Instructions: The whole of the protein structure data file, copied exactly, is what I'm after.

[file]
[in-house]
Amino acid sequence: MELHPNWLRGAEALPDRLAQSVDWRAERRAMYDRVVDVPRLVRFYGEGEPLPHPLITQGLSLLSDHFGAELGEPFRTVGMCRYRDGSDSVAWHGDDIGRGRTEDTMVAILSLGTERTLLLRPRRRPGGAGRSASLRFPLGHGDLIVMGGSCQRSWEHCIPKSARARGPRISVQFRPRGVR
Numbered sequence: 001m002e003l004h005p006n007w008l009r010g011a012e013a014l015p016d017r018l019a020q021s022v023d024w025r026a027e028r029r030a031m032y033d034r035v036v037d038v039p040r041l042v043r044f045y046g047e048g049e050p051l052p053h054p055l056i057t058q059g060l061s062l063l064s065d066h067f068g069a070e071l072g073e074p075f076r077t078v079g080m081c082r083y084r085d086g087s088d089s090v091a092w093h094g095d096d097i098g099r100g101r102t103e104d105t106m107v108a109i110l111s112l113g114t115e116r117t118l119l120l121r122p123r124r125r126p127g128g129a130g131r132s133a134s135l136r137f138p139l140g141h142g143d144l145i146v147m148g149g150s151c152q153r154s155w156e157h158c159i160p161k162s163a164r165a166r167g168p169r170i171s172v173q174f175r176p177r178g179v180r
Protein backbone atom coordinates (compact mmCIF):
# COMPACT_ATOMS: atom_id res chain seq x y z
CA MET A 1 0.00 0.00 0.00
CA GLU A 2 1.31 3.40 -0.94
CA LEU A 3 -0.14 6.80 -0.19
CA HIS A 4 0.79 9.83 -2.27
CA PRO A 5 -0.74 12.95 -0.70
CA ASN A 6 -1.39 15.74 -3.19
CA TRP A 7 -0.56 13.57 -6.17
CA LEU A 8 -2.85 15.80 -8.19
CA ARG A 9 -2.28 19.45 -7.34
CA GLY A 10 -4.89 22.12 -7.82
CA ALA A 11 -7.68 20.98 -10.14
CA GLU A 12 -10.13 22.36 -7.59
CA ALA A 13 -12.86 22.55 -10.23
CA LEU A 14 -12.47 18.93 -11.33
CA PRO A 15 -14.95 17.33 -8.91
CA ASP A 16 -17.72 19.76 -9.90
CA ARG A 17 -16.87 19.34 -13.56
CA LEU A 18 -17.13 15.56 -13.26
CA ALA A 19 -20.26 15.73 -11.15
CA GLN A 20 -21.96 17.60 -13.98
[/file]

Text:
[in-house]
Amino acid sequence: MELHPNWLRGAEALPDRLAQSVDWRAERRAMYDRVVDVPRLVRFYGEGEPLPHPLITQGLSLLSDHFGAELGEPFRTVGMCRYRDGSDSVAWHGDDIGRGRTEDTMVAILSLGTERTLLLRPRRRPGGAGRSASLRFPLGHGDLIVMGGSCQRSWEHCIPKSARARGPRISVQFRPRGVR
Numbered sequence: 001m002e003l004h005p006n007w008l009r010g011a012e013a014l015p016d017r018l019a020q021s022v023d024w025r026a027e028r029r030a031m032y033d034r035v036v037d038v039p040r041l042v043r044f045y046g047e048g049e050p051l052p053h054p055l056i057t058q059g060l061s062l063l064s065d066h067f068g069a070e071l072g073e074p075f076r077t078v079g080m081c082r083y084r085d086g087s088d089s090v091a092w093h094g095d096d097i098g099r100g101r102t103e104d105t106m107v108a109i110l111s112l113g114t115e116r117t118l119l120l121r122p123r124r125r126p127g128g129a130g131r132s133a134s135l136r137f138p139l140g141h142g143d144l145i146v147m148g149g150s151c152q153r154s155w156e157h158c159i160p161k162s163a164r165a166r167g168p169r170i171s172v173q174f175r176p177r178g179v180r
Protein backbone atom coordinates (compact mmCIF):
# COMPACT_ATOMS: atom_id res chain seq x y z
CA MET A 1 0.00 0.00 0.00
CA GLU A 2 1.31 3.40 -0.94
CA LEU A 3 -0.14 6.80 -0.19
CA HIS A 4 0.79 9.83 -2.27
CA PRO A 5 -0.74 12.95 -0.70
CA ASN A 6 -1.39 15.74 -3.19
CA TRP A 7 -0.56 13.57 -6.17
CA LEU A 8 -2.85 15.80 -8.19
CA ARG A 9 -2.28 19.45 -7.34
CA GLY A 10 -4.89 22.12 -7.82
CA ALA A 11 -7.68 20.98 -10.14
CA GLU A 12 -10.13 22.36 -7.59
CA ALA A 13 -12.86 22.55 -10.23
CA LEU A 14 -12.47 18.93 -11.33
CA PRO A 15 -14.95 17.33 -8.91
CA ASP A 16 -17.72 19.76 -9.90
CA ARG A 17 -16.87 19.34 -13.56
CA LEU A 18 -17.13 15.56 -13.26
CA ALA A 19 -20.26 15.73 -11.15
CA GLN A 20 -21.96 17.60 -13.98